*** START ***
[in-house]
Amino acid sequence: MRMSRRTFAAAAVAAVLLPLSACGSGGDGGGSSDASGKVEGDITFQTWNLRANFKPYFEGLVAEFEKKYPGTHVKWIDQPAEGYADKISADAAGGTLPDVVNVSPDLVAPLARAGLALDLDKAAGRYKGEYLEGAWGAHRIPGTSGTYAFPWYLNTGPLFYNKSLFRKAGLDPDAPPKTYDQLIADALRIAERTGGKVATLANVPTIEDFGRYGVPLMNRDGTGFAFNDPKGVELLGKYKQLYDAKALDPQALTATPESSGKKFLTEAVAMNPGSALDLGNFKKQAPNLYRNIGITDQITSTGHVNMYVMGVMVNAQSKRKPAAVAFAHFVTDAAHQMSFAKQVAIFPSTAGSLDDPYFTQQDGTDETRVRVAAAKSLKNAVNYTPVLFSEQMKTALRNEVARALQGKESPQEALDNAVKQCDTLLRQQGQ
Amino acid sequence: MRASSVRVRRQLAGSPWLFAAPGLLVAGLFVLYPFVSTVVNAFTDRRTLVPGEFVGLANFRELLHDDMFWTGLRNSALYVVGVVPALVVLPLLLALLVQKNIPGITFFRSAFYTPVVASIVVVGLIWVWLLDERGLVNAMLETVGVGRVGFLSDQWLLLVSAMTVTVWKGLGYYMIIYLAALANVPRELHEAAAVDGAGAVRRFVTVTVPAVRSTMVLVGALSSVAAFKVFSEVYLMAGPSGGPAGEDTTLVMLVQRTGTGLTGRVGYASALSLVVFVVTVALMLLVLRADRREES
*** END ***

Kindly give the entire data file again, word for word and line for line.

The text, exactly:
[in-house]
Amino acid sequence: MRMSRRTFAAAAVAAVLLPLSACGSGGDGGGSSDASGKVEGDITFQTWNLRANFKPYFEGLVAEFEKKYPGTHVKWIDQPAEGYADKISADAAGGTLPDVVNVSPDLVAPLARAGLALDLDKAAGRYKGEYLEGAWGAHRIPGTSGTYAFPWYLNTGPLFYNKSLFRKAGLDPDAPPKTYDQLIADALRIAERTGGKVATLANVPTIEDFGRYGVPLMNRDGTGFAFNDPKGVELLGKYKQLYDAKALDPQALTATPESSGKKFLTEAVAMNPGSALDLGNFKKQAPNLYRNIGITDQITSTGHVNMYVMGVMVNAQSKRKPAAVAFAHFVTDAAHQMSFAKQVAIFPSTAGSLDDPYFTQQDGTDETRVRVAAAKSLKNAVNYTPVLFSEQMKTALRNEVARALQGKESPQEALDNAVKQCDTLLRQQGQ
Amino acid sequence: MRASSVRVRRQLAGSPWLFAAPGLLVAGLFVLYPFVSTVVNAFTDRRTLVPGEFVGLANFRELLHDDMFWTGLRNSALYVVGVVPALVVLPLLLALLVQKNIPGITFFRSAFYTPVVASIVVVGLIWVWLLDERGLVNAMLETVGVGRVGFLSDQWLLLVSAMTVTVWKGLGYYMIIYLAALANVPRELHEAAAVDGAGAVRRFVTVTVPAVRSTMVLVGALSSVAAFKVFSEVYLMAGPSGGPAGEDTTLVMLVQRTGTGLTGRVGYASALSLVVFVVTVALMLLVLRADRREES